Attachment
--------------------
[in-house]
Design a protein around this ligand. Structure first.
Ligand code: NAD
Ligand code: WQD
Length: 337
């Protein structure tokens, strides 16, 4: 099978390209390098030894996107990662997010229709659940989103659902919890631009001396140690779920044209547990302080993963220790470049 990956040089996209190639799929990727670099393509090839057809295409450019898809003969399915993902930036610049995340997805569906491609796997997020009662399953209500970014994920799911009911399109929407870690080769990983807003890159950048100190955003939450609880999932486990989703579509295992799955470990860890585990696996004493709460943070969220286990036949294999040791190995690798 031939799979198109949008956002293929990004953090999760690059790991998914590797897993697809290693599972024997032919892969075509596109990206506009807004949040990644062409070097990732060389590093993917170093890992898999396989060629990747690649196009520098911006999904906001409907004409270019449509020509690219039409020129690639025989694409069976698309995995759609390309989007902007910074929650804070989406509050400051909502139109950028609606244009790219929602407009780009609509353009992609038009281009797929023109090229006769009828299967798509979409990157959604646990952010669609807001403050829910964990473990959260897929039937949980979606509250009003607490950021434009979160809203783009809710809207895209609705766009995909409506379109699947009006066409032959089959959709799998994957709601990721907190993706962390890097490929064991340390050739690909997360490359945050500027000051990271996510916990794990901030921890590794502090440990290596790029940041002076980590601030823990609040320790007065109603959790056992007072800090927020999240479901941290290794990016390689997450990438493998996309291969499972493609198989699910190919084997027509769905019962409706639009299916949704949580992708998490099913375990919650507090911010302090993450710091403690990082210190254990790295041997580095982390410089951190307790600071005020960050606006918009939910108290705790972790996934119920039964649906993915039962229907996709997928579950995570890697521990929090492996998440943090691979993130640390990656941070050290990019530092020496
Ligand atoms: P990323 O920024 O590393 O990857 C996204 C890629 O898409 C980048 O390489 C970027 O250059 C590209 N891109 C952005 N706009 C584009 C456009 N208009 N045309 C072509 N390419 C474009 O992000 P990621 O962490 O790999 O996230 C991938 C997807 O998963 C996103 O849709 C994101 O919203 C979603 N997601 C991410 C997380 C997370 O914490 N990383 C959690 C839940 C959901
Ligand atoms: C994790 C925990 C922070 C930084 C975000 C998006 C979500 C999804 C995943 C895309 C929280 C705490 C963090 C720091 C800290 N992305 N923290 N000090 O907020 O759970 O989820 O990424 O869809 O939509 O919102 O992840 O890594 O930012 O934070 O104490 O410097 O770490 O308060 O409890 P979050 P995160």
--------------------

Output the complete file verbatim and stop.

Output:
[in-house]
Design a protein around this ligand. Structure first.
Ligand code: NAD
Ligand code: WQD
Length: 337
């Protein structure tokens, strides 16, 4: 099978390209390098030894996107990662997010229709659940989103659902919890631009001396140690779920044209547990302080993963220790470049 990956040089996209190639799929990727670099393509090839057809295409450019898809003969399915993902930036610049995340997805569906491609796997997020009662399953209500970014994920799911009911399109929407870690080769990983807003890159950048100190955003939450609880999932486990989703579509295992799955470990860890585990696996004493709460943070969220286990036949294999040791190995690798 031939799979198109949008956002293929990004953090999760690059790991998914590797897993697809290693599972024997032919892969075509596109990206506009807004949040990644062409070097990732060389590093993917170093890992898999396989060629990747690649196009520098911006999904906001409907004409270019449509020509690219039409020129690639025989694409069976698309995995759609390309989007902007910074929650804070989406509050400051909502139109950028609606244009790219929602407009780009609509353009992609038009281009797929023109090229006769009828299967798509979409990157959604646990952010669609807001403050829910964990473990959260897929039937949980979606509250009003607490950021434009979160809203783009809710809207895209609705766009995909409506379109699947009006066409032959089959959709799998994957709601990721907190993706962390890097490929064991340390050739690909997360490359945050500027000051990271996510916990794990901030921890590794502090440990290596790029940041002076980590601030823990609040320790007065109603959790056992007072800090927020999240479901941290290794990016390689997450990438493998996309291969499972493609198989699910190919084997027509769905019962409706639009299916949704949580992708998490099913375990919650507090911010302090993450710091403690990082210190254990790295041997580095982390410089951190307790600071005020960050606006918009939910108290705790972790996934119920039964649906993915039962229907996709997928579950995570890697521990929090492996998440943090691979993130640390990656941070050290990019530092020496
Ligand atoms: P990323 O920024 O590393 O990857 C996204 C890629 O898409 C980048 O390489 C970027 O250059 C590209 N891109 C952005 N706009 C584009 C456009 N208009 N045309 C072509 N390419 C474009 O992000 P990621 O962490 O790999 O996230 C991938 C997807 O998963 C996103 O849709 C994101 O919203 C979603 N997601 C991410 C997380 C997370 O914490 N990383 C959690 C839940 C959901
Ligand atoms: C994790 C925990 C922070 C930084 C975000 C998006 C979500 C999804 C995943 C895309 C929280 C705490 C963090 C720091 C800290 N992305 N923290 N000090 O907020 O759970 O989820 O990424 O869809 O939509 O919102 O992840 O890594 O930012 O934070 O104490 O410097 O770490 O308060 O409890 P979050 P995160």